The top 25: Quinn Li, Qualcomm Ventures

After the departure of Qualcomm Ventures’ head, Nagraj Kashyap, to Microsoft, swiftly followed by Israel-based star investor Mony Hassid, it should have been a challenging time for US-listed chip maker Qualcomm.

But, while Quinn Li’s promotion to the top corporate venturing role in 2016 came at an interesting time for the company, he has cemented his reputation as a leader in the venture community with a string of deals and initiatives and stepped up to co-chairman the Global Corporate Venturing and Innovation Summit in Monterey in January.

One exit, Qualcomm’s early investment in autonomous driving startup Cruise, was a high-profile win when General Motors bought it for $1bn. Another two portfolio companies, agricultural technology developer Strider and ride hailing service 99, were acquired from Qualcomm Ventures’ Latin America portfolio headed by Carlos Kokron.

At the start of the year, Qualcomm Ventures transferred Kokron from head of Latin America to head of North America following these sales.

In an in-house interview last month, Kokron (known as CK) said: “Savvy entrepreneurs in both the US and LatAm are striving to build big businesses which would translate to significant value creation, and with a lot of sweat and some luck this yields to great exits for all involved. If you look at the Qualcomm Ventures experience, we have a strong track record of seven $1bn-plus exits in the last eight years.”

99’s sale to China-based Didi Chuxing was Brazil’s largest for a VC-backed company, and Qualcomm is anticipating another big exit with the planned flotation of China-based Xiaomi at a valuation of up to $100bn – set to be the largest venture-backed initial public offering since 2014 – later this year.

And while there has been some further turnover in personnel with the departure of Gareth Keane to VC firm Promus Ventures, Qualcomm Ventures also hired Alexandre Villela from fellow corporate venturing unit Intel Capital, where he was an investment director, in February as its managing director for LatAm.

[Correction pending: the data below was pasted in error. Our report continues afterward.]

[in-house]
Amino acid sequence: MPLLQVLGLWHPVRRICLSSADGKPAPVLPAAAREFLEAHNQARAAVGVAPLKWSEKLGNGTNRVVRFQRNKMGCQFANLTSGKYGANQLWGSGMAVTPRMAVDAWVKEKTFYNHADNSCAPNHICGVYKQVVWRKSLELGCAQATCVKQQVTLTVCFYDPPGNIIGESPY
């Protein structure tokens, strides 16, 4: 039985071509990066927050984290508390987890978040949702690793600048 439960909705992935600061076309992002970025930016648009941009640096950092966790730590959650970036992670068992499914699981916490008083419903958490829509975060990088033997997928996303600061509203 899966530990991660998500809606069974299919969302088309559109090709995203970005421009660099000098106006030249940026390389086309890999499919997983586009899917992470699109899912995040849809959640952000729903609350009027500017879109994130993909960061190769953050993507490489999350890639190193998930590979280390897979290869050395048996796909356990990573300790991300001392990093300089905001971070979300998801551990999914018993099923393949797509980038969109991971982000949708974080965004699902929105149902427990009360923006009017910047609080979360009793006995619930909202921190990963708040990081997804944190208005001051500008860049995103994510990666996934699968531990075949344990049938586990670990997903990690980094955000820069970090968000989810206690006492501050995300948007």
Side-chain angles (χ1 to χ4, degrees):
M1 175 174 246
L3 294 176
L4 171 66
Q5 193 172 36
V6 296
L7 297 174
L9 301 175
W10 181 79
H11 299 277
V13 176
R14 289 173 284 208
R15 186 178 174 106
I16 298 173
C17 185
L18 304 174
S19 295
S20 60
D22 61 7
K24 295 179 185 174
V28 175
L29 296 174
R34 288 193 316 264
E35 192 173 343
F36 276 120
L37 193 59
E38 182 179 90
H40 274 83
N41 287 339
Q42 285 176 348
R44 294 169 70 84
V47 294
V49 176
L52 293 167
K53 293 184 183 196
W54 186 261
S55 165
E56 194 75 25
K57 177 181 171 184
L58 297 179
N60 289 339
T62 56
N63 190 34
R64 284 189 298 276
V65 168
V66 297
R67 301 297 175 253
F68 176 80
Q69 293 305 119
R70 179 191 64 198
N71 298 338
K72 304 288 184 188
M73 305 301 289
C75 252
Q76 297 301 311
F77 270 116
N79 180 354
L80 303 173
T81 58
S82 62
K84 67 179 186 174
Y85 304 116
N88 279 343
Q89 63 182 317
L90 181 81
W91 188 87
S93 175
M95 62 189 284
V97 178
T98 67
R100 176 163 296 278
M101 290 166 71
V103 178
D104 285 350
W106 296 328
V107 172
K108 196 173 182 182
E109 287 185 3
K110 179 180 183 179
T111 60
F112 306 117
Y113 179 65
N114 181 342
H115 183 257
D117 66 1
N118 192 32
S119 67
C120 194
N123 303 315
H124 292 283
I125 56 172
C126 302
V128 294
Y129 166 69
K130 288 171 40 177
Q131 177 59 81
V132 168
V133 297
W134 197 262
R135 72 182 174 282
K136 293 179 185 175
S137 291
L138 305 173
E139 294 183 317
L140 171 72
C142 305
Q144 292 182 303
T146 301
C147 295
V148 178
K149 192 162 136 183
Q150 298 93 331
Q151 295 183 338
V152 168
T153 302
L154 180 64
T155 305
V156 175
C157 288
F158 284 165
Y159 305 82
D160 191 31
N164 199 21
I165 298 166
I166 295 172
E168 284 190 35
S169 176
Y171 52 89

For last year’s GCV Powerlist profile, Li effectively summed up its overall strategy. He said: “We invest in companies that are building highly disruptive technologies.”

At last year’s Global Corporate Venturing & Innovation Summit in California, Li told interviewer Jordan Herman, partner at law firm Baker Botts, these disruptive technologies were often in the internet of things (IoT) and automotive, as well as virtual reality, but not in startups that compete with the parent’s business of computing chips.

Perhaps one of the most interesting deals has been Qualcomm’s reported decision to commit $1bn to SoftBank’s planned $100bn Vision Fund. The two know each, with SoftBank having acquired chip designer ARM last year.

And Qualcomm-backed OneWeb is set to merge with its corporate venturing investor Intelsat in a $13bn deal, with SoftBank paying $1.7bn for a 39.9% stake in the combined entity.

Selected as a GCV Rising Star in January 2016, when he was head of North America, before his promotion to overall head of Qualcomm Ventures was announced, Li said the ability to make investments with a strong financial return while helping drive forward Qualcomm’s strategic objectives was one of the reasons he was drawn to corporate venturing. He also takes pleasure in helping portfolio firms grow through leveraging Qualcomm’s resources.

Li, who joined Qualcomm Ventures in 2005 after roles at IBM, Broadcom and Lucent following completion of his electrical engineering PhD at Washington University in St. Louis, said some of the biggest challenges he has had to overcome along the way have involved finding the balance between strategic and financial objectives, while building the right team with sufficiently diverse experience to expand investments into new areas.